Thursday, September 19, 2019

How Many People Have a Jogging Stroller With 10,000 Miles On It?

As most people know, a few years ago I retired from running across states and countries. Over the course of several years, I had pushed a B.O.B. Ironman Sport Utility Stroller thousands of miles across states and countries while promoting youth health and fitness -- giving countless presentations at schools and on military bases. When I first got that stroller in the spring of 2006, it came with an owner's manual that outlined many warnings of what to do and not do. Of course, I wasn't pushing a child in the stroller, but rather gear -- food, water, tent, clothes, electronics, and more.

Here are some of the "Warnings" from the manual that came with my 2006 B.O.B. Ironman Sport Utility Stroller -- and some comments about my use of it.

"The parking brake is not designed as a stopping brake. The brake should not be used to slow or stop the stroller." -- When you're running down the Rocky Mountains or the Appalachian Mountains at a grade of 6 to 11 percent with a heavy stroller of gear, believe me... you will use any braking options available! So, I did indeed use the parking brake as a brake to slow and stop the stroller. It broke about two-thirds of the way across America and had to be replaced.

"Do not attach parcels or bags to the handle or frame of stroller... as stroller can become unstable and tip over." -- I chuckled when I first read this. As you can see from the photo accompanying this writing, I had gear bags on the stroller, a food bag, and water reservoirs hanging off of each side. I had all of it pretty well balanced so that the stroller would stay upright.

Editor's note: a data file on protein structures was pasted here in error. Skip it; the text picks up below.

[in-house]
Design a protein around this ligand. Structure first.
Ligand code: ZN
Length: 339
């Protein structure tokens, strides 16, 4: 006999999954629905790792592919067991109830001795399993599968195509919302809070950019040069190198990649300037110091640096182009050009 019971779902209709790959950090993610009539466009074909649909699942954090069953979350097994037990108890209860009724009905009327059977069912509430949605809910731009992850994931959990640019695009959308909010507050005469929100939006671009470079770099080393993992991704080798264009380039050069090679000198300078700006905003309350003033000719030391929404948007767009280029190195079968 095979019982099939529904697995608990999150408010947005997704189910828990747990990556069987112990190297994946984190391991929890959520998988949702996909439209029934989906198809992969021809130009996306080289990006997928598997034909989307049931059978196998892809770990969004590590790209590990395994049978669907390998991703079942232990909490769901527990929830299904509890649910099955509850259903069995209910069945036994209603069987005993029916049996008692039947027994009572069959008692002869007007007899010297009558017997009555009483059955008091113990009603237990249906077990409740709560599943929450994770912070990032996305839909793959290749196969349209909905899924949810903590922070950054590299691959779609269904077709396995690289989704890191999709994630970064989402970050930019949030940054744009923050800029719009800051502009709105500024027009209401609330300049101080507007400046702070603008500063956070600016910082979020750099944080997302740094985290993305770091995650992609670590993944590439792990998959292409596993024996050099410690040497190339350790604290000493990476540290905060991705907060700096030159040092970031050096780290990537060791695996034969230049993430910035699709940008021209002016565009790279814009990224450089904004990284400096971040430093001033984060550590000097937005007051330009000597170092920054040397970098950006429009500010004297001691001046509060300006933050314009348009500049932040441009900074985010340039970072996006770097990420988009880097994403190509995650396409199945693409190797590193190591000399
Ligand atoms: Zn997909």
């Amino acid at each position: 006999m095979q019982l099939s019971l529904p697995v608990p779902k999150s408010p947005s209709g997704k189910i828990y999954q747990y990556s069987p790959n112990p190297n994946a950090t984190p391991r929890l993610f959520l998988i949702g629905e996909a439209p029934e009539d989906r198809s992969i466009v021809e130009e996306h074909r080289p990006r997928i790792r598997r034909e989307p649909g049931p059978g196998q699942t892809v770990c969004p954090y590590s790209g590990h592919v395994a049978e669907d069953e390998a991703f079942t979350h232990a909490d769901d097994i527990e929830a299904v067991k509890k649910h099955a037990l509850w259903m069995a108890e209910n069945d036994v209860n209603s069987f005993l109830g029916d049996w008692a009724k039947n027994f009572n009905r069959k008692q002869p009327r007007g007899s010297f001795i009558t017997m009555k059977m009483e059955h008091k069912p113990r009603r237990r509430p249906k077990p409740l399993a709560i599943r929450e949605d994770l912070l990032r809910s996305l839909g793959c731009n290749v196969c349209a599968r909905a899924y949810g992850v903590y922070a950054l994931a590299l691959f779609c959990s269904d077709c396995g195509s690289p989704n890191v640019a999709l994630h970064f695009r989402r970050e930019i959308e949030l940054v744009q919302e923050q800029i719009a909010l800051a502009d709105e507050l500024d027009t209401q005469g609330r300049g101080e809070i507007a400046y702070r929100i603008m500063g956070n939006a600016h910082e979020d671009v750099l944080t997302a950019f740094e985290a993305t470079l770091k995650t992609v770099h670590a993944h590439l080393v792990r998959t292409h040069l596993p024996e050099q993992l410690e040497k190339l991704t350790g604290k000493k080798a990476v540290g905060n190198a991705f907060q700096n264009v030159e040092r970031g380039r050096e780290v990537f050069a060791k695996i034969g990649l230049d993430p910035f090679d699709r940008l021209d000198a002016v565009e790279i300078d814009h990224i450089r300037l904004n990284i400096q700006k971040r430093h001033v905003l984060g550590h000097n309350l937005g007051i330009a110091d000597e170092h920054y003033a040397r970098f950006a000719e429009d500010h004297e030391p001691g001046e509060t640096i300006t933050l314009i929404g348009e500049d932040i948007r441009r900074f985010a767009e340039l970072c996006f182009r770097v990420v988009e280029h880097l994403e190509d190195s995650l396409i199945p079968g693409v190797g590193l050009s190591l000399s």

"The maximum load of the stroller is 70 pounds. Do not exceed maximum load as stroller will become unstable." -- As I ran across America, Germany, Alaska and Montana, the weight of the stroller was around 70 pounds. However, when I ran across the Mojave it was weighing in at around 100 pounds due to the amount of extra water that I had on the stroller. It did just fine and definitely proved to me that it can withstand more than 70 pounds.

"The stroller is not equipped for use after dark." -- I regularly ran with the stroller in the dark. In order to be safe, I placed reflective tape on the stroller as well as lights that illuminated from the front and back.

"Do not use stroller on stairs or steep inclines. Stroller can tip over." -- The maximum incline I had the stroller on was an 11 percent grade in the Appalachian mountains, and also in a portion of Germany. It took some strength to keep it under control, but I managed. Also, I typically hauled the loaded stroller up and down stairs in hotels and other locations. The shocks on it held up just fine.

"Never pull a loaded stroller backwards up stairs. Doing so could damage the suspension system - leading to frame failure." -- I did this many times due to the extreme weight of the stroller. it was much easier to haul it upstairs by pulling it backwards. After nearly 10,000 miles, the frame has yet to fail.

"Always use Wrist Safety Strap." -- I never used it. Not once. The strap was just a nuisance considering the amount of hours I was on the road each day. However, if  you had a child in the stroller, using the safety strap would be wise!

If you'd like to see my B.O.B. stroller in action, click on any of the links below -- which will take you to online photo albums from my running adventures:
By the way, Runner's World magazine ranked the B.O.B. stroller as its Editor's Choice for 2019. After all of these years, the B.O.B. (Beast Of Burden) stroller is still coming out on top!

Keep Reaching For Life's Mileposts,

Paul Staso